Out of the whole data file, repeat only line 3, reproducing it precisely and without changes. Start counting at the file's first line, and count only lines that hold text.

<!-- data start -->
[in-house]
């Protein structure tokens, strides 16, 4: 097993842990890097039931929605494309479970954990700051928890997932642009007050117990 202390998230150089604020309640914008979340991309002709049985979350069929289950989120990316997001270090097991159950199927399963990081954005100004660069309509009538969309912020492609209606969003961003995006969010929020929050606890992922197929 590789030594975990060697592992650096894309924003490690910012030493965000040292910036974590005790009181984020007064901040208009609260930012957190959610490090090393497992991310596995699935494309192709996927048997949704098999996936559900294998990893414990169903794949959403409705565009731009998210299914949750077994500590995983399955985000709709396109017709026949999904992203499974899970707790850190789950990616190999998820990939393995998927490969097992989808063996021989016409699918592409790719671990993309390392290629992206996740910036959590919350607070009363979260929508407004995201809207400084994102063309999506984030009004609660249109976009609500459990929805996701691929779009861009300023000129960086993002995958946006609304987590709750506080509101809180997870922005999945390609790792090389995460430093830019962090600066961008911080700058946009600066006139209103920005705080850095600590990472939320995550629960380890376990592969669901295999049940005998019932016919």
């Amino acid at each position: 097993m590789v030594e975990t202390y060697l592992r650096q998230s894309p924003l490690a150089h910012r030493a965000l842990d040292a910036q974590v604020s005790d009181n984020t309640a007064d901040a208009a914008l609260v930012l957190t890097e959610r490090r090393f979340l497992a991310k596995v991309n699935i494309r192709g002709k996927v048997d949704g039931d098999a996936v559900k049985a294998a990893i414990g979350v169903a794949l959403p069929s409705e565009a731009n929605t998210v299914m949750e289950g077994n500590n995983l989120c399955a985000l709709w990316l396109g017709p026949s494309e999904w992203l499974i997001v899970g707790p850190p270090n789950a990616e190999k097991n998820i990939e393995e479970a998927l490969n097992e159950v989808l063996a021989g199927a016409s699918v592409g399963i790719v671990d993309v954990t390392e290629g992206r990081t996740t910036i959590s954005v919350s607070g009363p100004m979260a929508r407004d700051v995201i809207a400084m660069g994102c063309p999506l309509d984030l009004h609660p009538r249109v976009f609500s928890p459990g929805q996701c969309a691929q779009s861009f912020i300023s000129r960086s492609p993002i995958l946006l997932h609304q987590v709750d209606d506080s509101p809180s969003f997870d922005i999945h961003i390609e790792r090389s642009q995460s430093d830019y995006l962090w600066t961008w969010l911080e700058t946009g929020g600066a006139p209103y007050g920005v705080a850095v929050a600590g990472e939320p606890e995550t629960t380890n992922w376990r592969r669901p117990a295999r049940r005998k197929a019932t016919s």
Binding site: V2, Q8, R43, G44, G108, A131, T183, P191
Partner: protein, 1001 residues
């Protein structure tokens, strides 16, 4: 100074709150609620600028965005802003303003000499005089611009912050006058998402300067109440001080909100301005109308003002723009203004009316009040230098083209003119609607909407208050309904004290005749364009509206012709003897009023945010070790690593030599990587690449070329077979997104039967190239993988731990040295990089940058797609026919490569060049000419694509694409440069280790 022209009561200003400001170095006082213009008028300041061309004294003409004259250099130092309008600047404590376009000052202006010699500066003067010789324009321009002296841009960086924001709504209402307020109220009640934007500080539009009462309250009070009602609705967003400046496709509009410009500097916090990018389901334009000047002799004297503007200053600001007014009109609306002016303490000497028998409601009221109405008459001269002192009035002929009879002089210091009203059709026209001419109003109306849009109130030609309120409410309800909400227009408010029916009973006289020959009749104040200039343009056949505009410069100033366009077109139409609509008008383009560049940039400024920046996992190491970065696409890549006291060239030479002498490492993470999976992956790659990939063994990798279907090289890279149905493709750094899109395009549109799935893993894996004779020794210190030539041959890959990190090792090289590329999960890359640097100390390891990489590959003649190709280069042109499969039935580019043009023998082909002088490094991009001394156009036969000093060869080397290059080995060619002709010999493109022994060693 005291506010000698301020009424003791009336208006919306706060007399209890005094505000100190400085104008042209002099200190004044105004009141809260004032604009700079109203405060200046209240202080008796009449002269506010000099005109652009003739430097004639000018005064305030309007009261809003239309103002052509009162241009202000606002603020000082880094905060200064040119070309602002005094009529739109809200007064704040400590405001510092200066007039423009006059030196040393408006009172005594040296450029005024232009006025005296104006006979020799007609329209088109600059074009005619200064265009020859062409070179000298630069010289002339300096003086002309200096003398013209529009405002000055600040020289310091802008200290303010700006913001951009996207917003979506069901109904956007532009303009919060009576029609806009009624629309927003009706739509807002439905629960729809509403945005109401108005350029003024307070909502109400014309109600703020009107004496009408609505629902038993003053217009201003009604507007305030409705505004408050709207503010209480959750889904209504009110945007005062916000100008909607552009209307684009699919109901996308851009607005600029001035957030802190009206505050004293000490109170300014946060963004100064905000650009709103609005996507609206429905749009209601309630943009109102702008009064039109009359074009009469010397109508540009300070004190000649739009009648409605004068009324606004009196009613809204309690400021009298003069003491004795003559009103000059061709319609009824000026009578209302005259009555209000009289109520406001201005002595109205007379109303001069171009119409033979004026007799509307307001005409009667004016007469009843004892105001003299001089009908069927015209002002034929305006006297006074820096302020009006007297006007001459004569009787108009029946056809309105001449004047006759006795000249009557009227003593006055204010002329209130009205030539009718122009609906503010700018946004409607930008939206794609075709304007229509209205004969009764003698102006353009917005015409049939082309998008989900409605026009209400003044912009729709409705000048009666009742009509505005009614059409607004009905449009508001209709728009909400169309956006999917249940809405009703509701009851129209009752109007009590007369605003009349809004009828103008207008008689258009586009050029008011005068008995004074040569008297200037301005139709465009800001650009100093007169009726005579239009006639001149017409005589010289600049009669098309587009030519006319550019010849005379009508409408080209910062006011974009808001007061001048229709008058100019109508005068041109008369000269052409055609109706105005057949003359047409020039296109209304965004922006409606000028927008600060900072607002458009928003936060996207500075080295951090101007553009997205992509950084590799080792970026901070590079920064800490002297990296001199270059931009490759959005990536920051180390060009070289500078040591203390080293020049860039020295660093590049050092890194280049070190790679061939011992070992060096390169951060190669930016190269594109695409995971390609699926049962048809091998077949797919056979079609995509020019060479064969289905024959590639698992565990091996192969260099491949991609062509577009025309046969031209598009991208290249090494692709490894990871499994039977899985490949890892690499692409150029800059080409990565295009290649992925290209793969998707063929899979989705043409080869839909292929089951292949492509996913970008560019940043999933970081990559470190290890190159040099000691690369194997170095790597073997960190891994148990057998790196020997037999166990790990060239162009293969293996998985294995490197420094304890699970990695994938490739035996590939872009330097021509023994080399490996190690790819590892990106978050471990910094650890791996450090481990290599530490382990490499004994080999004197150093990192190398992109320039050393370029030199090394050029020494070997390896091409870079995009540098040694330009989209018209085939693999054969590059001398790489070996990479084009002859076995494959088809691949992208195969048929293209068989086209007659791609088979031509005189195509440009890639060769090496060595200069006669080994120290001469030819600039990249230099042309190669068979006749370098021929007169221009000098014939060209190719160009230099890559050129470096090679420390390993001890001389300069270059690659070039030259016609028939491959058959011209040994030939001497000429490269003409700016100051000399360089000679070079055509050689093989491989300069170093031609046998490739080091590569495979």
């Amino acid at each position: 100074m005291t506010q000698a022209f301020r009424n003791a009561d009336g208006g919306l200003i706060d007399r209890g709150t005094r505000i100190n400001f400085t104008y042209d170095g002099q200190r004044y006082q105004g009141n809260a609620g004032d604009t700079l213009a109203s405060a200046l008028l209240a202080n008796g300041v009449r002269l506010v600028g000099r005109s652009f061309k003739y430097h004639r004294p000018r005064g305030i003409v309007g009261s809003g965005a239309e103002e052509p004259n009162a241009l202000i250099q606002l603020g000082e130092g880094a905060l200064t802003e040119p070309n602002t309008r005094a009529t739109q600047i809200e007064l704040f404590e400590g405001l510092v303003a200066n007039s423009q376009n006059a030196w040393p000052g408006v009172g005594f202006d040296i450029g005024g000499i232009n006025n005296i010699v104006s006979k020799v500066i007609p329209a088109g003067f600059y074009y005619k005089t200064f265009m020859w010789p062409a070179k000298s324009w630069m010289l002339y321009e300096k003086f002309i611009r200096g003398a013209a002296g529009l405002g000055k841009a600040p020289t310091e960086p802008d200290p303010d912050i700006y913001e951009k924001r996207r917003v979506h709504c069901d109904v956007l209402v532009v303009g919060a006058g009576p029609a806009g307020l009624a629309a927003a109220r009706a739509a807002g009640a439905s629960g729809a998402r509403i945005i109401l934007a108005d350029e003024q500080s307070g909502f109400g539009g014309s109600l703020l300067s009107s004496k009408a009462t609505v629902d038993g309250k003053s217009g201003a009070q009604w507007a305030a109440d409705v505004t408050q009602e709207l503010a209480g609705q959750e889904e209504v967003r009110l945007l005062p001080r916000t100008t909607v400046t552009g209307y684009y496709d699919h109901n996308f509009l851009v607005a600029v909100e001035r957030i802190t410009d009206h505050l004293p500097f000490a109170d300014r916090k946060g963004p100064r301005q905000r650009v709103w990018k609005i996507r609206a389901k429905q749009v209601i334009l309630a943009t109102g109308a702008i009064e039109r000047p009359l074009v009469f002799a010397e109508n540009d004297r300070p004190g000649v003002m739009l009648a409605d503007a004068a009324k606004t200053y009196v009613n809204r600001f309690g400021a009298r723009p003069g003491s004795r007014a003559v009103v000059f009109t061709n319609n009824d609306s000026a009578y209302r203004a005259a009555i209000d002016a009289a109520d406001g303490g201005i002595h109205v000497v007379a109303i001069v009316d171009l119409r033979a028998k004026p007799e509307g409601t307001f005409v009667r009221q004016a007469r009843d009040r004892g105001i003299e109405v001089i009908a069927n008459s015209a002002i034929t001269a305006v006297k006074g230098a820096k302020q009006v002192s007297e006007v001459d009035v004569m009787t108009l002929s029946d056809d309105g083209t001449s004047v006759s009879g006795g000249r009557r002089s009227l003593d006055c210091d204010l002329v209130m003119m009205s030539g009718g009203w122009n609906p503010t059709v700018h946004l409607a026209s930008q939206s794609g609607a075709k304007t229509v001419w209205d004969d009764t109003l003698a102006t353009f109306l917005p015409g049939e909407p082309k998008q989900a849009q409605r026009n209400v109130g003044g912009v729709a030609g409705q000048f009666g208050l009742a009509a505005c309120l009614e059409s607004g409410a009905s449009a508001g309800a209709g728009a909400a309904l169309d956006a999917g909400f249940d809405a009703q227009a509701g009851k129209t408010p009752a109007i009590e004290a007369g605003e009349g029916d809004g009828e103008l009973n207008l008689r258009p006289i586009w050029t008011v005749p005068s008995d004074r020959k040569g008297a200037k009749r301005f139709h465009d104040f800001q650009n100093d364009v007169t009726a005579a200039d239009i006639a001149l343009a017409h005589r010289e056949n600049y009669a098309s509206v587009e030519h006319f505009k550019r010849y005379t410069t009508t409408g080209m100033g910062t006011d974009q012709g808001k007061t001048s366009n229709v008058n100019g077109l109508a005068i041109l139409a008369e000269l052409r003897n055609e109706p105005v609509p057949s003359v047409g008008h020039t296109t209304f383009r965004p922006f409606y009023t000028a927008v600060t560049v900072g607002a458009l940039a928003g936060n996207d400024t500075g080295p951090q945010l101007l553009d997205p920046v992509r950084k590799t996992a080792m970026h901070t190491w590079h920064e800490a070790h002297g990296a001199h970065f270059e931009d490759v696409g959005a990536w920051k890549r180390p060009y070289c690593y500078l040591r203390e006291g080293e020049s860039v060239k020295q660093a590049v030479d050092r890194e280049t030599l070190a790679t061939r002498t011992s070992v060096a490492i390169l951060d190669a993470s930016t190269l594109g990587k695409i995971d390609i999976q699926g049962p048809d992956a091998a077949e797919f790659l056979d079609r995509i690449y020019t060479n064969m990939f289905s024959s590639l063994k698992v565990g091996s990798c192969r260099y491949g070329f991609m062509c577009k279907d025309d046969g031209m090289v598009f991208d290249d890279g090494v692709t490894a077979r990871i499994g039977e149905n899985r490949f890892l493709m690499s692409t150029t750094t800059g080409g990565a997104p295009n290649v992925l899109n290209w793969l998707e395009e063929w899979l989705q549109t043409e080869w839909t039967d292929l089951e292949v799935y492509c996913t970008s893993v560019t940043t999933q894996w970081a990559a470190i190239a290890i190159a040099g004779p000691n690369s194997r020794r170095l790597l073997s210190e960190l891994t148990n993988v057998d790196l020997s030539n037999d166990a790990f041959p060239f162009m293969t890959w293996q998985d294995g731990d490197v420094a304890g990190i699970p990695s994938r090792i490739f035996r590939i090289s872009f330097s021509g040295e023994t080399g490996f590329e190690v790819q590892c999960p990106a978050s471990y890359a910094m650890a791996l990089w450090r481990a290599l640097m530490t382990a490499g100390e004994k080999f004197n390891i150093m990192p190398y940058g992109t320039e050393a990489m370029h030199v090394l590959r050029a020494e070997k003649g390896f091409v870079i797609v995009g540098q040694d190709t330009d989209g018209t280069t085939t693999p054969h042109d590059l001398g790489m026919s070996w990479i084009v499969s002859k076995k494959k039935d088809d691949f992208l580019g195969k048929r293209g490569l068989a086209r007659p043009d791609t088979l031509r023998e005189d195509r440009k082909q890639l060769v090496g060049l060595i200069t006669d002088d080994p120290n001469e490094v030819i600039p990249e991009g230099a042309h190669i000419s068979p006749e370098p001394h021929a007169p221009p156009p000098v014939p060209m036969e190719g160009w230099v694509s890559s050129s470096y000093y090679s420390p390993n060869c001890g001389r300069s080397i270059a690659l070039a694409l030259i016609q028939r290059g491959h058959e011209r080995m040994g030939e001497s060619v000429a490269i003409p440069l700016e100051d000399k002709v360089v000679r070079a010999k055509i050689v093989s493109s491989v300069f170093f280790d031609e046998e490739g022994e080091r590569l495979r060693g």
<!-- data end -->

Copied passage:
């Amino acid at each position: 097993m590789v030594e975990t202390y060697l592992r650096q998230s894309p924003l490690a150089h910012r030493a965000l842990d040292a910036q974590v604020s005790d009181n984020t309640a007064d901040a208009a914008l609260v930012l957190t890097e959610r490090r090393f979340l497992a991310k596995v991309n699935i494309r192709g002709k996927v048997d949704g039931d098999a996936v559900k049985a294998a990893i414990g979350v169903a794949l959403p069929s409705e565009a731009n929605t998210v299914m949750e289950g077994n500590n995983l989120c399955a985000l709709w990316l396109g017709p026949s494309e999904w992203l499974i997001v899970g707790p850190p270090n789950a990616e190999k097991n998820i990939e393995e479970a998927l490969n097992e159950v989808l063996a021989g199927a016409s699918v592409g399963i790719v671990d993309v954990t390392e290629g992206r990081t996740t910036i959590s954005v919350s607070g009363p100004m979260a929508r407004d700051v995201i809207a400084m660069g994102c063309p999506l309509d984030l009004h609660p009538r249109v976009f609500s928890p459990g929805q996701c969309a691929q779009s861009f912020i300023s000129r960086s492609p993002i995958l946006l997932h609304q987590v709750d209606d506080s509101p809180s969003f997870d922005i999945h961003i390609e790792r090389s642009q995460s430093d830019y995006l962090w600066t961008w969010l911080e700058t946009g929020g600066a006139p209103y007050g920005v705080a850095v929050a600590g990472e939320p606890e995550t629960t380890n992922w376990r592969r669901p117990a295999r049940r005998k197929a019932t016919s």